On my way to the border, I got off the train in Dordrecht. It has been an important merchant town for ages, as it is surrounded by rivers. There is a nice discovery route through its old town centre. It has plenty interesting old buildings: Dordrecht’s worth a visit.
Like many towns the world over, Dordrecht maintains friendly ties with several other towns in other countries. One of Dordrecht‘s friends is Varna in Bulgaria. The friendly ties have resulted in a small, temporary archeological exhibition with important finds from Varna.
This exhibition recently opened and as I had visited the museum before, I was asked to have a look. I had been told the exhibition was interesting. It was worth a visit. Though not that into archeology, I was definitely not disappointed!
It is a small exhibition, but staggering enough. For the archeological finds on show are only a tiny portion of what has so far been uncovered. And what has been uncovered and discovered is only a tiny part of what is now called Varna’s Necropolis.
This exhibition contains recent finds, as well as finds dating from the first excavations of the 1970s. Its title is “Varna, the oldest gold in the world”. For the people who lived in the area and buried their dead with copper and gold gifts, lived around 4500 before Christ. As an exhibition-text explained: they were able to extract and work gold thousands of years before the rest of us even thought of trying to do the same.
It is not just the gold jewelry which impresses. This is very fine and actually pretty modern. The rich and important people not only wore gold images on clothes, adorned weapons with gold, wore gold bracelets, ear rings, necklaces. Like many a modern youngster, they sported piercings. Unlike the piercings people sport these days, the Varna piercings were of gold.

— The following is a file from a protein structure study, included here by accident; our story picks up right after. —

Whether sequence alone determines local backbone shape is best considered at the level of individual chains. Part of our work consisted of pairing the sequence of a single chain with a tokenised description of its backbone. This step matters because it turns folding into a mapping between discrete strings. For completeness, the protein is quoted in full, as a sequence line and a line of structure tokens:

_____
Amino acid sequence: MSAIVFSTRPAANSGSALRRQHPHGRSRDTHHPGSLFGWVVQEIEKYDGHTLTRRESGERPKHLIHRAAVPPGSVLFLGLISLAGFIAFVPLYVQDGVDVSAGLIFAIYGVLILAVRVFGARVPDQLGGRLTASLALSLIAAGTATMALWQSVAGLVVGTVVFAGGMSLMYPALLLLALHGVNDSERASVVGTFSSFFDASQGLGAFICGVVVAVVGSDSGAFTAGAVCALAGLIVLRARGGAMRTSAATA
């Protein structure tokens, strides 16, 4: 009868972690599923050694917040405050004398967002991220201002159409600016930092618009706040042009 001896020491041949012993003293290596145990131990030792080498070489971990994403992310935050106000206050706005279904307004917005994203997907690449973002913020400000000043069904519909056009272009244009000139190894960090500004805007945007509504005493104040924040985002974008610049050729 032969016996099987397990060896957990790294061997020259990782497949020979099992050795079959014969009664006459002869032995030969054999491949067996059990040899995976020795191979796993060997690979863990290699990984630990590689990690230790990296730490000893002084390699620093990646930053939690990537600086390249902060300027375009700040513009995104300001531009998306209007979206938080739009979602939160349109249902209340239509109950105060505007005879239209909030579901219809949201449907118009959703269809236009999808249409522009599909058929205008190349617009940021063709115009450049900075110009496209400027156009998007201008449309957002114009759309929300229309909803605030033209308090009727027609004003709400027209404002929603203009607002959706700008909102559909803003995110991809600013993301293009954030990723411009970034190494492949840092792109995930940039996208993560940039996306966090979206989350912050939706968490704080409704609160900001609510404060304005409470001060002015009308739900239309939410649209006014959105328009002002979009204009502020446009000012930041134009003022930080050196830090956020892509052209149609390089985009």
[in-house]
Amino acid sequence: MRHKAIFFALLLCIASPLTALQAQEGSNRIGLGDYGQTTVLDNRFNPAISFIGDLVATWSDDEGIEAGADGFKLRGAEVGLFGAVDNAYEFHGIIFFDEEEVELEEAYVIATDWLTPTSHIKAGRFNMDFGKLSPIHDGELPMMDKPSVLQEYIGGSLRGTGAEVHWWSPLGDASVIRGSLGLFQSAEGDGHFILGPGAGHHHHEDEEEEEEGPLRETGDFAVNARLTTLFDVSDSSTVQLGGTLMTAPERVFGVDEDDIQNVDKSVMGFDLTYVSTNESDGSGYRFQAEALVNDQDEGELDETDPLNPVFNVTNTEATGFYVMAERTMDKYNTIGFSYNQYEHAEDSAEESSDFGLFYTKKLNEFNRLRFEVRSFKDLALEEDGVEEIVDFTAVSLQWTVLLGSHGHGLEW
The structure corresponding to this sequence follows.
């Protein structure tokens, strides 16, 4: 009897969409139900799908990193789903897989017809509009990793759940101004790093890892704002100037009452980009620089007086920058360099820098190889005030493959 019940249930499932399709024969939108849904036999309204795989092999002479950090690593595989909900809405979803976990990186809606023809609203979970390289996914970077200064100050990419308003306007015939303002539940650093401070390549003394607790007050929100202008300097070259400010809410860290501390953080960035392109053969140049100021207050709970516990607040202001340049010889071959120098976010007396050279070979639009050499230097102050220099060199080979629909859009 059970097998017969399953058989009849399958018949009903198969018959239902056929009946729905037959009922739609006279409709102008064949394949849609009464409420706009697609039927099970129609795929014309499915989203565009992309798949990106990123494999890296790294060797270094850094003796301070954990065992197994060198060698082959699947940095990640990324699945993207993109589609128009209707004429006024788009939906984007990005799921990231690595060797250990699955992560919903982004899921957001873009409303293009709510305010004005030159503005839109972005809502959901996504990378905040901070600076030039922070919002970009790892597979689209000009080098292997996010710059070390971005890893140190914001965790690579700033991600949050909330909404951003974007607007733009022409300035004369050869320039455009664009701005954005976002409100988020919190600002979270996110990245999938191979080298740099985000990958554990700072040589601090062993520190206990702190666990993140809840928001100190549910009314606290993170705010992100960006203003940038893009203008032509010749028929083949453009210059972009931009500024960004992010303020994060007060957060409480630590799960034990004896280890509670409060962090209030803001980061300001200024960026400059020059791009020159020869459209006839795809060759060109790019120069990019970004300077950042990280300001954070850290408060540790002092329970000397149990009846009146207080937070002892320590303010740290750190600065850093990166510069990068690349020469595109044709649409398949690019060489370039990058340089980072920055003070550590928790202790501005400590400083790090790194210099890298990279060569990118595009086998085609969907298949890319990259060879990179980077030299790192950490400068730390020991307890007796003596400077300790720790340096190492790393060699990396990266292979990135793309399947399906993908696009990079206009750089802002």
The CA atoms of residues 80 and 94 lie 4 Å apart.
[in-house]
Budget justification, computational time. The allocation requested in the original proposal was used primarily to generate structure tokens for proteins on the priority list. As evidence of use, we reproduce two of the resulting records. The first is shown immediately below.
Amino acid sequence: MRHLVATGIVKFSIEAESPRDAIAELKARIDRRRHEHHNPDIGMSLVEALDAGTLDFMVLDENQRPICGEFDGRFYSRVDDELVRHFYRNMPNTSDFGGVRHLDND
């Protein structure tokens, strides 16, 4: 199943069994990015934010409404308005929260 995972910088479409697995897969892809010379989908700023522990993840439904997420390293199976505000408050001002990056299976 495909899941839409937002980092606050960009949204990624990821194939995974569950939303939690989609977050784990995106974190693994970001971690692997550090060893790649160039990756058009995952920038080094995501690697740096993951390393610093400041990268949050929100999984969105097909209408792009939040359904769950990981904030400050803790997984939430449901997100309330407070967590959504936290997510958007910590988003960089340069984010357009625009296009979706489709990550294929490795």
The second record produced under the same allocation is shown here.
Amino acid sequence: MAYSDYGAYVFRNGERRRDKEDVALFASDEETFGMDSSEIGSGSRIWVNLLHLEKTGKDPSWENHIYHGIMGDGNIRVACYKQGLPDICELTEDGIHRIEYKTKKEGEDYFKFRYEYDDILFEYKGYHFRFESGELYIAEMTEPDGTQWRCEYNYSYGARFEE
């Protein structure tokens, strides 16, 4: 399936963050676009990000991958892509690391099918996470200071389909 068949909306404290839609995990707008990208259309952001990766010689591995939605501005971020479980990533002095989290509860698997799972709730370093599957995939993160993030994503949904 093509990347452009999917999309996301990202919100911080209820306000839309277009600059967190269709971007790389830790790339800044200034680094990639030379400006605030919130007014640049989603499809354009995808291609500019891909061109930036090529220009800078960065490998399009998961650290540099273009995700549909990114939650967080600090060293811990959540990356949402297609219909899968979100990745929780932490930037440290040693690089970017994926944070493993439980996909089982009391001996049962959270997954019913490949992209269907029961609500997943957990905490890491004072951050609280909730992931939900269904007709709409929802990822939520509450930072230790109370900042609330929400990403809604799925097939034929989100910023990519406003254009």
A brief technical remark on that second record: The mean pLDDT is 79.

What also impresses is the pottery on show. The forms are captivating and intriguing; its decoration interesting. Very practical: pottery gifts which went into the female and male graves were second choice. First choice stuff was for the living.
The exhibition gives a short overview of the various people who called Varna their home. The items shown at the start of this exhibition contain faultless examples from Greek, Roman, and later eras. The exhibits of the mysterious people living over 4500 years ago, are also extremely well-preserved. Also on show is a video of the “Goddess of the Lake” and what she must have once looked like.
One wishes there were more rooms filled with what has been excavated. At the end of the three to four rooms, one is told this mysterious civilization – only known through its graves – completely vanished.
The reason for their total disappearance was climate change. Centuries later, farmers and nomads reclaimed the altered landscape again. The exhibition has a few items which reminds one of Celtic art. The nomads and farmers were followed by Greeks, Romans, and ultimately us. This exhibition gives one plenty to think about.
Apart from the “Varna’s Gold” exhibition, the museum has several exhibitions of modern art. Its permanent collection contains interesting paintings and other works by local artists like Ary Scheffer, as well as international artists. The museum has a shop, as well as a sprawling museum café. The Varna exhibition can be visited till the end of April 2016.
Dordrecht is a stop along an intercity service between Brussels and Amsterdam. The museum is a short walk from Dordrecht’s Central Station.